There is a common misconception that Hadrian’s Wall marks the boundary between England and Scotland.  Those who say it does are either being mischievous or their historical/geographical research is flawed (or both!).  In fact, England and Scotland did not exist until 1000 years after this wall was built.  It was only then that the position of the wall was used as a ‘divide’ (which makes you think what might have transpired had there been no Roman wall…… ).  The actual border lies some way to the north of Hadrian’s Wall (particularly in the east) but it isn’t marked by any substantial walls or earthworks. The medieval castles at Carlisle and Newcastle, each built close to either end of the Wall and on top of Roman forts, show how the Wall survived as a frontier structure in the 11th and 12th centuries.  The period between this era and the early 18th century marked continuous struggles and wars between England and Scotland eventually leading up to the Act of Union in 1707. During the later 18th century, people to either side of ‘the Wall’ became more unified as Great Britain developed into one of the world’s dominant powers. Accounts of Hadrian’s Wall during the 19th and early 20th centuries usually played down any idea of ancient divisions between England and Scotland. 

As a proud Scotsman who lives in England and someone who is also proud to be British, I’m concerned about the referendum where my fellow Scots are about to vote on whether they want to become independent from the United Kingdom.  I personally believe a yes vote would be a mistake for a number of reasons:

  • Great Britain only became ‘Great’ in the 18th and 19th centuries, i.e. when the British Isles were united as the most successful partnership the world has ever seen and Scotland played a significant part in this, probably punching above its weight within the partnership.  It’s a lot to throw away for romantic reasons.
  • Scotland already has significant autonomous powers including their own parliament.
  • Scotland already has its own culture and traditions and these are well known worldwide outside of (and regardless of) its inclusion in the UK partnership.  
  • We live in a globalised world where partnerships matter and I believe there are huge risks for Scotland going it alone.
  • Bankruptcy was one of the reasons Scotland signed up to the Act of Union.

I’m hoping the no vote wins through in 100 days time.

Look forward:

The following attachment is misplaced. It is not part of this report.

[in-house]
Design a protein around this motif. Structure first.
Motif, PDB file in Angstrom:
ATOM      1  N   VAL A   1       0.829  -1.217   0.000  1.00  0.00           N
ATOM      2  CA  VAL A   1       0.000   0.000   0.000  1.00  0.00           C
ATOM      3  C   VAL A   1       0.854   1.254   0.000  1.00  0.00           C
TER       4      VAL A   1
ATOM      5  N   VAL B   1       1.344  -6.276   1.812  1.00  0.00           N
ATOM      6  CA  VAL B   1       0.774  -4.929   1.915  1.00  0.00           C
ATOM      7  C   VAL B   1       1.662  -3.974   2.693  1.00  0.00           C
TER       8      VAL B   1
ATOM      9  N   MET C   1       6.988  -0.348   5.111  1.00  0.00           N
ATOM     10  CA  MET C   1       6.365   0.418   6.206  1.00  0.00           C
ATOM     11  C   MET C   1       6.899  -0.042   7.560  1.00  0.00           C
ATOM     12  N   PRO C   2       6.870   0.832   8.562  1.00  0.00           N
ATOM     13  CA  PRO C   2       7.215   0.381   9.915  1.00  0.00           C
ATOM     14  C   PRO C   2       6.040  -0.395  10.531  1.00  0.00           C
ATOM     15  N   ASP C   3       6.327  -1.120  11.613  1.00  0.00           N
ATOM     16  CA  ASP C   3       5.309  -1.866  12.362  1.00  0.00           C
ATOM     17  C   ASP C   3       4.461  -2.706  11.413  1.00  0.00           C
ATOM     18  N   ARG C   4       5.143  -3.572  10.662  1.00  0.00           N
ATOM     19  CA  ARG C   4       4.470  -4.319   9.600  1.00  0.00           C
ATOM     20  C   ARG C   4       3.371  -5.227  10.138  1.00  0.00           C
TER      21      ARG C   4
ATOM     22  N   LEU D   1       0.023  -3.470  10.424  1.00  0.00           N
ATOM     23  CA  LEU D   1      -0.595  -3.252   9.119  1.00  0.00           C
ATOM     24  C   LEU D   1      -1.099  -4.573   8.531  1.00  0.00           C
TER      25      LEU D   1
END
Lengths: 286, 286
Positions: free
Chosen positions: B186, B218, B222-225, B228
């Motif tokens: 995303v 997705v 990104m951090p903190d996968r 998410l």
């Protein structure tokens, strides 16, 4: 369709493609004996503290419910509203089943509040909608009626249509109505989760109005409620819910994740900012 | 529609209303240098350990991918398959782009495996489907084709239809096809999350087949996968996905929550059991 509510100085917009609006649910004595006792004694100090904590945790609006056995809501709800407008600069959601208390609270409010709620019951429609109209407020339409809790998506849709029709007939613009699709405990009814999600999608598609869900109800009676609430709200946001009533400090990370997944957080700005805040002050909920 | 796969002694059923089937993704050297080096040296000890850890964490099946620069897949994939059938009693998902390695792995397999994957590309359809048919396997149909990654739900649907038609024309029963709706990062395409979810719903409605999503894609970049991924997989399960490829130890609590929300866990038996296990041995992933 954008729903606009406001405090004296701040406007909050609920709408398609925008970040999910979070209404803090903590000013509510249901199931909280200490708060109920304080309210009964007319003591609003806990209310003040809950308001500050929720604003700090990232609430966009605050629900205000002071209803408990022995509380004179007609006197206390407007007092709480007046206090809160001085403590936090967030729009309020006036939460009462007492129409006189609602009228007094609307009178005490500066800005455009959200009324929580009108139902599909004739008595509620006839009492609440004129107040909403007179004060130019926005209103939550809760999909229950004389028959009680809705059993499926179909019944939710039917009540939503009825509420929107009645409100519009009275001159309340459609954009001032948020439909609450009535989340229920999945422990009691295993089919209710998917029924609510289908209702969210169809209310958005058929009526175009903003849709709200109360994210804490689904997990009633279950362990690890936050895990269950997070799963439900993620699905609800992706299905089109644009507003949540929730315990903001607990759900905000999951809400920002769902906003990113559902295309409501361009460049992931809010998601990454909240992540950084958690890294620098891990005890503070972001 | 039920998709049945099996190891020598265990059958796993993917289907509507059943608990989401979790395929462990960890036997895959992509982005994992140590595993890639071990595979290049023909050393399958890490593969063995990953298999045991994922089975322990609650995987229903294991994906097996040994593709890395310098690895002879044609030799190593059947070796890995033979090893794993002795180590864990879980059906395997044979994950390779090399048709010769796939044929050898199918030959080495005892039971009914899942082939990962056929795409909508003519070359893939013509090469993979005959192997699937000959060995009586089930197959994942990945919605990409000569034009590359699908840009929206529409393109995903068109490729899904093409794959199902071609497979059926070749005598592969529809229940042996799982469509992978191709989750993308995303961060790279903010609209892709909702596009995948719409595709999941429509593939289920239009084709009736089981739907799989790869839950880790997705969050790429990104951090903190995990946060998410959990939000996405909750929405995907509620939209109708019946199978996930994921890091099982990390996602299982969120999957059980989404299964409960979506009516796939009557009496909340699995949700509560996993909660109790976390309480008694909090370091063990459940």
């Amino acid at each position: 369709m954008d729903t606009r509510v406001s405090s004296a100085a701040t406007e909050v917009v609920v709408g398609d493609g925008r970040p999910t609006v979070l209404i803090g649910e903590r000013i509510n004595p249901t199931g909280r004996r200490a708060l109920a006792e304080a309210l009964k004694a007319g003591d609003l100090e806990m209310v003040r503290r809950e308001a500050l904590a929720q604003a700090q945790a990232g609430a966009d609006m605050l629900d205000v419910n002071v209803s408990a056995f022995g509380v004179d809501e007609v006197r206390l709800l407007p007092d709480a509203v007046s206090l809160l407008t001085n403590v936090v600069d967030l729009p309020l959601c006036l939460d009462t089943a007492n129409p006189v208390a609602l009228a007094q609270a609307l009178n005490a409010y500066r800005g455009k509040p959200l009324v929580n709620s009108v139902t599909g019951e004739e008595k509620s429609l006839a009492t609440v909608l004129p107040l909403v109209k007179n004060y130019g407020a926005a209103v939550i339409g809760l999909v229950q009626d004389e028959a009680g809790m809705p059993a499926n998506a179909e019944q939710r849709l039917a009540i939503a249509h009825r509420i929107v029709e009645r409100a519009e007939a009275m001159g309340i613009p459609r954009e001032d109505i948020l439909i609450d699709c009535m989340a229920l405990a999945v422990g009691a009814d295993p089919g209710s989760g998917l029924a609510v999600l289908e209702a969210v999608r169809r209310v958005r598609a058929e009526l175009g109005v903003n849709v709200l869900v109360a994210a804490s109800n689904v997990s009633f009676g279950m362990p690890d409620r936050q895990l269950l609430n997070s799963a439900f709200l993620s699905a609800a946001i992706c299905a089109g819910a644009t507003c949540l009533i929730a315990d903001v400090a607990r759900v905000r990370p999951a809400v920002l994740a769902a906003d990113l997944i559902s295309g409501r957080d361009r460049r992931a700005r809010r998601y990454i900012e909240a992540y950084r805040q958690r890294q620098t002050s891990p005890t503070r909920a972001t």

Since completing the Hadrian’s Wall challenge, I’ve started one of my testing phases with an Echocardiogram last week and an Octreotide scan early next week ready to meet with my Consultant Oncologist on 18 Jun.  For the first time, I’ll also be given something called a SPECT scan which I’ll be blogging about next week.  In the meantime, I might also publish some ad hoc blogs including some incidents and observations I’ve been storing up from the wall walk – so stay tuned!

Ronny

Follow me on Twitter @ronnyallan1

 

 

 

 

 

Hadrian’s Wall Day 5 – Pass the morphine!

Me Resting!
Me Resting!
The M6!
The M6!

 

When I was in hospital for major surgery, I remember being briefed by my excellent nursing staff about all the tubes and pipes intruding and protruding into/from my body. One of the most important ones in the early days was known as PCA – Patient Controlled Analgesia.  Basically I could click a button whenever I felt the post surgical pain was too much.  As this administered morphine, safeguards were built in – for example, the machine limited me to 2 clicks within 5 minutes and then it wouldn’t accept a request for another 5 minutes.  That handheld push button device was never far away from my hands!

I could have done with it today.  Yesterday I felt my right knee going downhill but some ‘deep heat’ seemed to do the trick during the walk.  However, 1 hour into the walk today, I felt it degrade to the point I was limping badly with still over 10 miles to go.  More deep heat and a couple of paracetamols taken.  A couple of miles later, I was OK and back to normal pace.

Today’s route was mainly on fairly gentle ground all the way to Carlisle and the sun came out for the second half (welcome back Mr S, not seen you since Newcastle).  Didn’t see very much wall but clear evidence of where it was including the ‘Vallum’ or ditch.  Bit more built up than the middle section, so we passed a lot more small groups of houses.  Many of the older ones were built with large redstone blocks – a story for another day.

Final today tomorrow, 15 miles down to Bowness-on-Solway for a pint!  Only 1 though.

Tune in for some pictures of ‘God’s Country’ over the Firth 🙂

Hadrian’s Wall Day 4 – Welcome to Cumbria!

 

 

20140529_145013

 

Lanercost Priory
Lanercost Priory

 

Milecastle 48 - Poltross Burn